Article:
I Do Not Need a Logo…

What’s a Logo?

A logo is a graphic (illustration, usually) that is designed to represent your company. Designing one is one of the most crucial elements as you launch or realign your firm. Your logo can be your visual “bookmark” in a customer’s mind, and should suggest all of your firm’s Purpose whether your name is beside it or not. the best logos are timeless, clean, evocative reminders which instantly bring the desired associations to mind: Nike’s swoosh, Apple’s… apple, Playboy’s bunny. Even the flag of your country is often used in this way. They need no words, yet in the best of all worlds, you know what they represent and why.

Why Don’t I Need One?

Even with oodles of money for research and development, logo design debacles litter the corporate world (Xerox and the London Olympics have recently caused plenty of controversy). With piles of cash, logo designs and redesigns can fail spectacularly. You, my smaller-business reader, do not want to throw piles of cash out your window. So you don’t need a logo.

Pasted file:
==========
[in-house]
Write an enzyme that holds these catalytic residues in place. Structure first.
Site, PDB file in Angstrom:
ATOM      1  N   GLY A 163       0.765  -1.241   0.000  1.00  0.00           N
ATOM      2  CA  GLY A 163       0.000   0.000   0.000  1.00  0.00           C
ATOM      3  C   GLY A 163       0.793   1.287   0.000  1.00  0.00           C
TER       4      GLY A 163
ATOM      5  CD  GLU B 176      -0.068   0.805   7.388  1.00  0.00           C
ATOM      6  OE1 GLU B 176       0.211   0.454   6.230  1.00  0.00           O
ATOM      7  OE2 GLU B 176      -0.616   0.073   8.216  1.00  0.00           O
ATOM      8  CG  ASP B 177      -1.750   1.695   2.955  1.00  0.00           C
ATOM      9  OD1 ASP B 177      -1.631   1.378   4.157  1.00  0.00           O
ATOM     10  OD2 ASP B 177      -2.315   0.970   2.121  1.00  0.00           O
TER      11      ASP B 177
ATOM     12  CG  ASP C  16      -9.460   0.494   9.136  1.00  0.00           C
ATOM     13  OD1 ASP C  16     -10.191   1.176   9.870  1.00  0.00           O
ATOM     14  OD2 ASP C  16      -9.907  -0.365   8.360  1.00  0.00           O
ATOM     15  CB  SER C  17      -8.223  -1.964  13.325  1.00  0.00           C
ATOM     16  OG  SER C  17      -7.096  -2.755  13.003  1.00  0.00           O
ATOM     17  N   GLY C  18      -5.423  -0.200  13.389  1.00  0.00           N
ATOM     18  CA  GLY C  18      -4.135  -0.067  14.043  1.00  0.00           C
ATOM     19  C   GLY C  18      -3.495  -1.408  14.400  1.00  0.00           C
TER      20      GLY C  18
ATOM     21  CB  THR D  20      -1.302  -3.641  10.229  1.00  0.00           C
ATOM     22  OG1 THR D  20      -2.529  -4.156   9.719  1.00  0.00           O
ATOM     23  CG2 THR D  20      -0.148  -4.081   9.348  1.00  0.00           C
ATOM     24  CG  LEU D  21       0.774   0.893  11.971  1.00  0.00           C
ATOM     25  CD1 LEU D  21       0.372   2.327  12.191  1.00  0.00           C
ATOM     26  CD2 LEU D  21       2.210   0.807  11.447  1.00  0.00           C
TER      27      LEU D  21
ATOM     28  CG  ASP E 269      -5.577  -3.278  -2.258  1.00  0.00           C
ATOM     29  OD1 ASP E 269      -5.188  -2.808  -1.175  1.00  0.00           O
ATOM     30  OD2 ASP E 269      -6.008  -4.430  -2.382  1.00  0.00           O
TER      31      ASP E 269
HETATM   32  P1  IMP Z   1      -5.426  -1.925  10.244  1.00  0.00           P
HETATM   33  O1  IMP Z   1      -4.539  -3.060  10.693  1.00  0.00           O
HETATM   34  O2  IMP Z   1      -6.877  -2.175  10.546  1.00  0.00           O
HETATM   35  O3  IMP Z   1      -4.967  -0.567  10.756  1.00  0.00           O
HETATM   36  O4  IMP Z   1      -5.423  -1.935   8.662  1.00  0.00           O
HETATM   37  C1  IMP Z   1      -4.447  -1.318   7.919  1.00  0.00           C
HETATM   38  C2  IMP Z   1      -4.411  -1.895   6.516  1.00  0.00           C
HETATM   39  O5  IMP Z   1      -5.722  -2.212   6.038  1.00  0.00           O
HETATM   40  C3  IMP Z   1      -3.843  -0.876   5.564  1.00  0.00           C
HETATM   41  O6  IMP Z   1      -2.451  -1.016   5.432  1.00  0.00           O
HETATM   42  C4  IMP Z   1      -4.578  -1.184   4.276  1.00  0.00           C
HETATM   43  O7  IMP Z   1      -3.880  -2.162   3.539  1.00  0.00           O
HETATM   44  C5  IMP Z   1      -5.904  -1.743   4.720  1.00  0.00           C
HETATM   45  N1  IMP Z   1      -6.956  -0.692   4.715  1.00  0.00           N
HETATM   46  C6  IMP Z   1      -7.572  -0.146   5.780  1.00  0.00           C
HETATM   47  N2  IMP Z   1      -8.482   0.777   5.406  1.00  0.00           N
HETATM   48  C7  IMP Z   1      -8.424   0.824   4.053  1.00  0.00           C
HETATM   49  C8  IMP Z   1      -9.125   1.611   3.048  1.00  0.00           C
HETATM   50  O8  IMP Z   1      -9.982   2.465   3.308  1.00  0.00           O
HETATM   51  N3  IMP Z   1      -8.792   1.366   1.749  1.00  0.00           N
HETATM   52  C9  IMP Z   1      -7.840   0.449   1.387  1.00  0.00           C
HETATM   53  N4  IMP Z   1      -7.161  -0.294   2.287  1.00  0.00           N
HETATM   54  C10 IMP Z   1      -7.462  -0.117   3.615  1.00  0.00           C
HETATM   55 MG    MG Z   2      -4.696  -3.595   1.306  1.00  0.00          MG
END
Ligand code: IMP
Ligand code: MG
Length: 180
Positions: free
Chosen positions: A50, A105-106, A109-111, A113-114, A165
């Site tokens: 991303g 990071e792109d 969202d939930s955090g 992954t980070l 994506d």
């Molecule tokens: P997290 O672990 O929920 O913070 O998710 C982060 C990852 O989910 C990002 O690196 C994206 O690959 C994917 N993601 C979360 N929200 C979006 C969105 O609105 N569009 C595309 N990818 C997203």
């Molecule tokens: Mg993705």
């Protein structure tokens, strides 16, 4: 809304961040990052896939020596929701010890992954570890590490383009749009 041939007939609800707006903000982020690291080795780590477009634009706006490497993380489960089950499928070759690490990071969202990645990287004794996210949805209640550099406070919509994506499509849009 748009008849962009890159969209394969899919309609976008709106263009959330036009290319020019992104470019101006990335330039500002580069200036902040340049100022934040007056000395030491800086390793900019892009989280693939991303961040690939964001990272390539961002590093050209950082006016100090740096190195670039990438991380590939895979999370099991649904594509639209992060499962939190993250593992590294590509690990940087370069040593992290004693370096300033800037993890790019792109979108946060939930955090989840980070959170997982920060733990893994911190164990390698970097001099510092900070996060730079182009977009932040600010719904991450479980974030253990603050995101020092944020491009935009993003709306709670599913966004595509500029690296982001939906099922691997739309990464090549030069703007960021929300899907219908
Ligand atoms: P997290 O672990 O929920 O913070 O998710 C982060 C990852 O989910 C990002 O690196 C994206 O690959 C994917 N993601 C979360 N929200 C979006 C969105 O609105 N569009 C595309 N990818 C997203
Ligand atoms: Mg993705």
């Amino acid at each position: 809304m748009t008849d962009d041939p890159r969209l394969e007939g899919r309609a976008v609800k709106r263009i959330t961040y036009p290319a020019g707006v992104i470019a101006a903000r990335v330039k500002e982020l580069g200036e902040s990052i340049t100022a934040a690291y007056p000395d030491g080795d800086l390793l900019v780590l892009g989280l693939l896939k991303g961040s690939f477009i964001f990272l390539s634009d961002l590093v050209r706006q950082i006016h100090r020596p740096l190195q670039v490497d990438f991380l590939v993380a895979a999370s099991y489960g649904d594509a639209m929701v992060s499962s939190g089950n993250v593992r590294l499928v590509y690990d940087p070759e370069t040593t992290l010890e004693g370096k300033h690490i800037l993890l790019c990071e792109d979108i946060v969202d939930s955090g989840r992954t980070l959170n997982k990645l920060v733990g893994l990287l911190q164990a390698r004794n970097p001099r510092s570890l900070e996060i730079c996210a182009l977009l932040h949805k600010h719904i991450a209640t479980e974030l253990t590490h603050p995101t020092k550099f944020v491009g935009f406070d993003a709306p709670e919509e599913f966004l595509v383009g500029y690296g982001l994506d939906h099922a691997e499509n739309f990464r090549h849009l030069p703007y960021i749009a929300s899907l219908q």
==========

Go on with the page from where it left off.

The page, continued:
How Will Anyone Remember Me?

Oh, you do need a memorable visual marker, but it does not have to be a logo. A well-executed wordmark is far more important than a meaningless or missed-the-mark logo.

What’s a Wordmark?

Glad you asked. A wordmark is your company’s name, in its unique, standalone type treatment, which you will always use in the same standardized way. You will not tweak it, stretch it, color it differently in different media, or wrap the words differently to suit the size of the space you’re working with. You won’t do that, right?

Your wordmark will be filled with your Vision; it will be exceptional and intriguing. It will make me think only of you. Still don’t get it? How about FedEx, Yahoo!, and Coca-Cola. Can you picture the colors, style, and typeface of each wordmark?

When you use your wordmark, everywhere, in the exact same way, it will become that visual hook you need.

Can’t I Please Have a Logo?

Yes, you may. Be warned, it is much harder than it looks to get a good one, and much easier than you’d think to get something that doesn’t make you any money. I want your business to grow! If your name is the most important ad you’ll ever write, then your choice of logo, wordmark, or the combination of logo and company name (called a logotype) has a lot to do with how many eyeballs will recall seeing that most important ad.

Last word: Skip the Swooshes, the Ovals, the Mascots—Please!

Grow and be well,

Kelly Erickson